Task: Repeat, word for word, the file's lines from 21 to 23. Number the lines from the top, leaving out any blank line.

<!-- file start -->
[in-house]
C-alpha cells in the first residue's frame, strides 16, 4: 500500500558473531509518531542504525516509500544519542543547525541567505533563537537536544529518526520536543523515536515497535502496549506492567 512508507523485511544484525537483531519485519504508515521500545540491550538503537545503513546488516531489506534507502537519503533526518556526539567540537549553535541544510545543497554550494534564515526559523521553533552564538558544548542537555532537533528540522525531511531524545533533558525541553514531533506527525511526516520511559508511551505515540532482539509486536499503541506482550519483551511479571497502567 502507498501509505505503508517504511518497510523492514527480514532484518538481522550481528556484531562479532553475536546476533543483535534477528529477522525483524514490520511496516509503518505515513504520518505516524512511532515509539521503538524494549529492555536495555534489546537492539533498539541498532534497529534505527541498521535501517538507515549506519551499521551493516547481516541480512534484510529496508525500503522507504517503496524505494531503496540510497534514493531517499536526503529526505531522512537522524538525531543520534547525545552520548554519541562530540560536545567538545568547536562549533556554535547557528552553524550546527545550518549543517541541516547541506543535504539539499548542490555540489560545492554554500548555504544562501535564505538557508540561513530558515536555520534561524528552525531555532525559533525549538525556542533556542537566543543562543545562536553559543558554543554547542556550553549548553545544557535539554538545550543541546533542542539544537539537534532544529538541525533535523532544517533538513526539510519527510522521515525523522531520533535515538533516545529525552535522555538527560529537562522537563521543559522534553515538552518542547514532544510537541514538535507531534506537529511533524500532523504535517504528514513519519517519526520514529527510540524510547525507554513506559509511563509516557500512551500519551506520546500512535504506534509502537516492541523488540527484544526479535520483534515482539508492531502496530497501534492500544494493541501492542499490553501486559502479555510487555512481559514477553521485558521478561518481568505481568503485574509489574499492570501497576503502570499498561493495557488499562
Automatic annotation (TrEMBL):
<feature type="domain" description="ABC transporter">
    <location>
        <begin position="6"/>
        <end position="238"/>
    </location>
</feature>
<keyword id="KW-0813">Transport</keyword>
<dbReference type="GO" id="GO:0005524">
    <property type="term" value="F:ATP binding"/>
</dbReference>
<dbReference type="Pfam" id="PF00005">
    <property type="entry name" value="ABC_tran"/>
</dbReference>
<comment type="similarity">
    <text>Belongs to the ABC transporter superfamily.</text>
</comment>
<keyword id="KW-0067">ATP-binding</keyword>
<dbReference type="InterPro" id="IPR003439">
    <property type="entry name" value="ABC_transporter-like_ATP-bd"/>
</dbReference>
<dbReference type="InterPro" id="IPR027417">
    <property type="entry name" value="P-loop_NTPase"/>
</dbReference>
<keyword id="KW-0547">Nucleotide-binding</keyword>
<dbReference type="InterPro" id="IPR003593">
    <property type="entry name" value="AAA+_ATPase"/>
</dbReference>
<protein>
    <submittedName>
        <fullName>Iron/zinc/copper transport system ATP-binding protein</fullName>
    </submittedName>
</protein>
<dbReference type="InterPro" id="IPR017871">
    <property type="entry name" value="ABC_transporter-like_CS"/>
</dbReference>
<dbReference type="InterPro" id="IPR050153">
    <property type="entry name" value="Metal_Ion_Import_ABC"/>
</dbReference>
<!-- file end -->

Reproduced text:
<dbReference type="InterPro" id="IPR003439">
    <property type="entry name" value="ABC_transporter-like_ATP-bd"/>
</dbReference>